Peugeot RCZ 2.0 HDI 163 (2010) review

Published:15 March 2010

The new Peugeot RCZ coupé tackles the snowy roads near the Sochaux factory, France
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This is the new Peugeot RCZ coupé, a car with a huge weight of expectation on its incredibly broad shoulders. It is – yet again – an opportunity for Peugeot to get back to the sort of chassis dynamism that stole our hearts back in the ‘80s and early ‘90s with a string of seminal GTI hits including go-faster versions of the 205, 405, 309, 106 and 306.

If the new Peugeot RCZ drives as well as it looks we’re in for a treat, because this French coupé really is a stunner. It looks exotic, low and really, really wide in the metal with a hint of Spyker about its rear haunches. Seriously. This is one concept car that broke out of the motor show and spirited itself straight into dealer showrooms.

The TT, the RCZ's most natural rival, is a real Plain Jane in comparison. And that's praise indeed for a democratically priced French coupé.

Peugeot RCZ: the range at a glance

The new Pug RCZ will come with three engines at launch: a 163bhp diesel and two 1.6-litre turbocharged petrols, one with 156bhp and the range-topper with 200bhp. The four-cylinder petrol is the same engine as the Mini Cooper S's, so we already know it’s a cracker.

Whichever engine you choose you’ll have the option of Sport or GT trim. The latter brings full leather trim and 19-inch alloys. Prices start at £20,450 for the HDI 163 FAP Sport and rise to £24,500 for a GT-spec THP200 model. That’s considerably cheaper than the TT, which starts at £26,245.

Driving the Peugeot RCZ diesel

CAR snagged a very early drive in the RCZ, ruling out testing the intriguing THP200 model. That’s a great shame as the 200 has extra bracing under the engine for added stiffness and response, a smaller steering wheel, shorter-throw gearshift and retuned suspension with a more aggressive edge.

However, the HDI 163 FAP is still a seriously quick little coupé and with 250lb ft (check) it should thump along the road just as a sports car should. You can read how it stacks up against the coupé class benchmarks – the Audi TT and VW Scirocco – in CAR Magazine's exclusive triple test in the new April 2010 issue of CAR Magazine out on 17 March.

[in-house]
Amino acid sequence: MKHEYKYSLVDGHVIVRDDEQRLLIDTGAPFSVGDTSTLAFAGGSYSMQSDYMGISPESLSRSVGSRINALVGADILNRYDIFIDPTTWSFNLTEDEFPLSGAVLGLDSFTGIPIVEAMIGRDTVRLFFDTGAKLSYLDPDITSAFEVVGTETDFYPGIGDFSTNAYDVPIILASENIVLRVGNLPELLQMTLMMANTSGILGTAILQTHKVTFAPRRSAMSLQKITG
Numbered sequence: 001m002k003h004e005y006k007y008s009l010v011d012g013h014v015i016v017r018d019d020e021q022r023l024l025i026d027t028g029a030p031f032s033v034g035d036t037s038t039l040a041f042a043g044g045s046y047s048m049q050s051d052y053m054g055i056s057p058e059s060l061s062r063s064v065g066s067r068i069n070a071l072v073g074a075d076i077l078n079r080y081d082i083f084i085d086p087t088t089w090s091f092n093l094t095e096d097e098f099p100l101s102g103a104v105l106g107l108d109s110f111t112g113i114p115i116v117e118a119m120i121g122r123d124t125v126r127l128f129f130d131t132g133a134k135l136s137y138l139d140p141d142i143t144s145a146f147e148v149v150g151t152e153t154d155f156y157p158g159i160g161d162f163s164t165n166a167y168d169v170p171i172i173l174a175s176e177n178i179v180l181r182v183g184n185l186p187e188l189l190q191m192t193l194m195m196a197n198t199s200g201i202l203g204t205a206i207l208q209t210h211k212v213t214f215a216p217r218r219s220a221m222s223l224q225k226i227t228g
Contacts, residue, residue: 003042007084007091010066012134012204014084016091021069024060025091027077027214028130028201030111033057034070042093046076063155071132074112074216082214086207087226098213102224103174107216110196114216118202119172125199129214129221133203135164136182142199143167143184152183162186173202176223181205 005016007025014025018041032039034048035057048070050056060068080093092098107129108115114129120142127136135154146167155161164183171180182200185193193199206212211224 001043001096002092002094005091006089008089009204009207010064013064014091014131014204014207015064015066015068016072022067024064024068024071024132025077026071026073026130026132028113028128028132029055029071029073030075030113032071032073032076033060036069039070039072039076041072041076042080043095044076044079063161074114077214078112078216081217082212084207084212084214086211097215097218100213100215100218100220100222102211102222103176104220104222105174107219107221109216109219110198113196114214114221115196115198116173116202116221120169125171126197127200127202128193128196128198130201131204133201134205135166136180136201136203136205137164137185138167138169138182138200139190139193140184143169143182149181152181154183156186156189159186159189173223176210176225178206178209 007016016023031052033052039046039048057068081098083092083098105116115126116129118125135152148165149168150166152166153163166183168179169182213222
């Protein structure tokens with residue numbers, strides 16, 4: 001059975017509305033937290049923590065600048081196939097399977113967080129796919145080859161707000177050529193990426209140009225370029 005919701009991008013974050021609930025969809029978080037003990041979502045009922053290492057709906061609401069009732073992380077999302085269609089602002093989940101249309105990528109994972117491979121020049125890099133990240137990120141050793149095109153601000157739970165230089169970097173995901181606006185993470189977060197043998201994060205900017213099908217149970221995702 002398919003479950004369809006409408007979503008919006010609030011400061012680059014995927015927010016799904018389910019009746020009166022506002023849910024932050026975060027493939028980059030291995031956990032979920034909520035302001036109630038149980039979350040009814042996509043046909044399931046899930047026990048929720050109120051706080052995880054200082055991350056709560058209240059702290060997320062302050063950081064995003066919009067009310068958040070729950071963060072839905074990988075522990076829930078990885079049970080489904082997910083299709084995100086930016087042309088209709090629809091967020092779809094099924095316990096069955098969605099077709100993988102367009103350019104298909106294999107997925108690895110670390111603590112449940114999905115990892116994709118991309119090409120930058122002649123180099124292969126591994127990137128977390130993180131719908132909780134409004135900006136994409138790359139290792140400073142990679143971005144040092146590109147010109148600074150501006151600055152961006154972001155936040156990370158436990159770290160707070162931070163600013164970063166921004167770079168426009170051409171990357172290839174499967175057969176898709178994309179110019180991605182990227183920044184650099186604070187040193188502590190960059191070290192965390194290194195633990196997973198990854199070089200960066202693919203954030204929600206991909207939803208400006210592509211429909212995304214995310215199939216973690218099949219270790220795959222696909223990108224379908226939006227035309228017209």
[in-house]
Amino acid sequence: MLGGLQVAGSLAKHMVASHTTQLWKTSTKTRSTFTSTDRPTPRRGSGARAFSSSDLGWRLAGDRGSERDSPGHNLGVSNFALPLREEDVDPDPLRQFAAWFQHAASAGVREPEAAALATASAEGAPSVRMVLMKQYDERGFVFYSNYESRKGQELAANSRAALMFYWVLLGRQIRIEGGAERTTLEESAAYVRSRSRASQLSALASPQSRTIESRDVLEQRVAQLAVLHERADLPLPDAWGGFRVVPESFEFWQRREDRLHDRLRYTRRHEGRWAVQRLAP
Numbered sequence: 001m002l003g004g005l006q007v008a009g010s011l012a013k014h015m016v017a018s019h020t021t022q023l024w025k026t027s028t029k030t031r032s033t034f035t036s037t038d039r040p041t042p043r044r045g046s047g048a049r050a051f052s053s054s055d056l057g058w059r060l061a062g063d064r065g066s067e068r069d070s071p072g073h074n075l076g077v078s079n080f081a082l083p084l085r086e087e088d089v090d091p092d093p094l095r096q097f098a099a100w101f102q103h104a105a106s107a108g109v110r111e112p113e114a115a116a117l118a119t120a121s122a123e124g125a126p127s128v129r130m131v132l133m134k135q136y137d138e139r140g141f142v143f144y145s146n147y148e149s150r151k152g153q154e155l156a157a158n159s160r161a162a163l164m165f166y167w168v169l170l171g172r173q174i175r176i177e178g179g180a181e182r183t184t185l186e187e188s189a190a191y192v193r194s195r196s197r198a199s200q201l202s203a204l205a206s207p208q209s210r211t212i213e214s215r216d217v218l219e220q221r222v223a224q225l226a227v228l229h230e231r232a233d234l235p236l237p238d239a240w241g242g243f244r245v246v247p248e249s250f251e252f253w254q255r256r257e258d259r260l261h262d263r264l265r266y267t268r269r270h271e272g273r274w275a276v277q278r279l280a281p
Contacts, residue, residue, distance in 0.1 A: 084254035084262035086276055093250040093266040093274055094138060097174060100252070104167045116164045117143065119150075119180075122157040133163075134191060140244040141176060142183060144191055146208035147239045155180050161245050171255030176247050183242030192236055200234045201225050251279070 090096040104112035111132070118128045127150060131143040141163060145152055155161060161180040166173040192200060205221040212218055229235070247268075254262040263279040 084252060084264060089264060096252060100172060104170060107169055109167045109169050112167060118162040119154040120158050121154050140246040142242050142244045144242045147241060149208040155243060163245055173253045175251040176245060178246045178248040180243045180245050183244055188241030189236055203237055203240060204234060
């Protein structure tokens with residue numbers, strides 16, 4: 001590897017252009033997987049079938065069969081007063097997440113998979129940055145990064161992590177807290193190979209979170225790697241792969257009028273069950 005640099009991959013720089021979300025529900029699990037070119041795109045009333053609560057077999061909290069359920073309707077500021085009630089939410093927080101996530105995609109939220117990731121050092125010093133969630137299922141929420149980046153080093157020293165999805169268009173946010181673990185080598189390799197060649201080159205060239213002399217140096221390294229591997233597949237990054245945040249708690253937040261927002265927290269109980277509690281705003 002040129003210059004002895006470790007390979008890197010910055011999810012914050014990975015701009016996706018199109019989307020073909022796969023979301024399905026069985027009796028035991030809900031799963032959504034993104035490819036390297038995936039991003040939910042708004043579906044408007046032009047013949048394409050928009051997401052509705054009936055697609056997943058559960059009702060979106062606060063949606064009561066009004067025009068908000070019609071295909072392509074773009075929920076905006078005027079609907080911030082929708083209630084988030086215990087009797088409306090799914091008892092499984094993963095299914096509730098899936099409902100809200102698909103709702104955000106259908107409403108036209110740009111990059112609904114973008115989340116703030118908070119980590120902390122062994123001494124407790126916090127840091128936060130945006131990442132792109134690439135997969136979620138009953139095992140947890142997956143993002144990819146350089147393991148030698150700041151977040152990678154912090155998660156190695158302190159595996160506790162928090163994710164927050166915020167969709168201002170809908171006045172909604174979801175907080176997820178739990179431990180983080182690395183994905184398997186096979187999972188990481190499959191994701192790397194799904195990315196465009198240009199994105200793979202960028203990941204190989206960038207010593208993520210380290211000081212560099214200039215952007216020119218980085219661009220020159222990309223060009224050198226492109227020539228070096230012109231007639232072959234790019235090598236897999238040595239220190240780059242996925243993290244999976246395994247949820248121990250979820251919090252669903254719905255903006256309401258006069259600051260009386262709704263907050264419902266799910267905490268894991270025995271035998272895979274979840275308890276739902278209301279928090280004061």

But to continue reading our quick web review, click 'Next' below.

A Peugeot coupé: can it really live with a TT?

Inside, the new RCZ feels pretty special. Perhaps the interior isn’t TT-special, but it’s still generally nice quality and the double bubble roof and swoopy rear glass give it a unique and airy feeling – nothing like the claustrophobic Audi TT's tight cockpit. That double-bubble roof is endlessly dramatic and well worth all the headaches it must have caused the Paris designers.

The RCZ cabin gets all the basics right: the driving position is spot-on, the pedals are well located (unusual on Peugeots of late) and the gearshift is a shade long of throw but feels nicely mechanical.

And on the road?

Over those first few hundred yards, early indications are good: gone is the super-jumpy brake response, the light, feel-less steering and the RCZ actually communicates the road surface back to your hands and backside. Are we straight back to 1986 all over again?

Sadly not quite. The RCZ rides well and changes direction cleanly, but the heavier diesel engine we're testing makes the Pug feel a little ponderous on occasion. Having said that it finds strong front-end grip and feels very, very benign and predictable. But where Peugeots of the past keyed into the road and relished lunging into corners, the RCZ is simply more inert, at least in diesel spec.

'Very, very benign'? 'Predictable'? Uh-oh. Sounds dull!

Yep, that means the Peugeot RCZ is no lift-off oversteer hero like the 205 GTI (how many mainstream 2010 cars are?) but it is secure and stable. Is it inspiring, madly enthusiastic? Would it make you get out of bed early for a sneaky drive? On this evidence we’d say not.

However, the same could be said of a TT and a quick passenger ride in an RCZ prototype with 200bhp and petrol suggests the story doesn’t end with this effective, enjoyable but slightly ‘safe’ diesel model. The crackling 200bhp RCZ felt much more like a bespoke sports car. So we still live in hope.

>> Read our exclusive cover story testing the RCZ vs TT vs Scirocco in the new April 2010 issue of CAR Magazine out on 17 March


Price when new: £22,250
On sale in the UK: May 2010
Engine: 1997cc 16v 4cyl TD, 163bhp @ 3750rpm, 250lb ft @ 2000-3000rpm
Transmission: Six-speed manual, front-wheel drive
Performance: 8.5 0-62mph, 135mph, 48mpg, 139g/km
Weight / material: 1370kg/steel
Dimensions (length/width/height in mm):


Other Models

Photo Gallery

  • Ice cold. The best angle of the Peugeot RCZ; just check out the double-bubble roof. Still want that TT?
  • Making a splash: the new Peugeot RCZ is good, but it's still not a car to make an enthusiast weep, says Jethro Bovingdon
  • The Peugeot RCZ is mainly 308 beneath. We tested the RCZ diesel, but expect the 200 petrol to be a livelier affair
  • Interior of the RCZ is smart, but lacks the drop-dead gorgeous, supercar-style exterior wow factor
  • One ace card that sees the RCZ trump the TT and Scirocco: a really big, very useful boot. How refreshing in a coupé!
  • Read the exclusive triple test of the Peugeot RCZ versus the Audi TT versus the VW Scirocco in the new April 2010 issue of CAR Magazine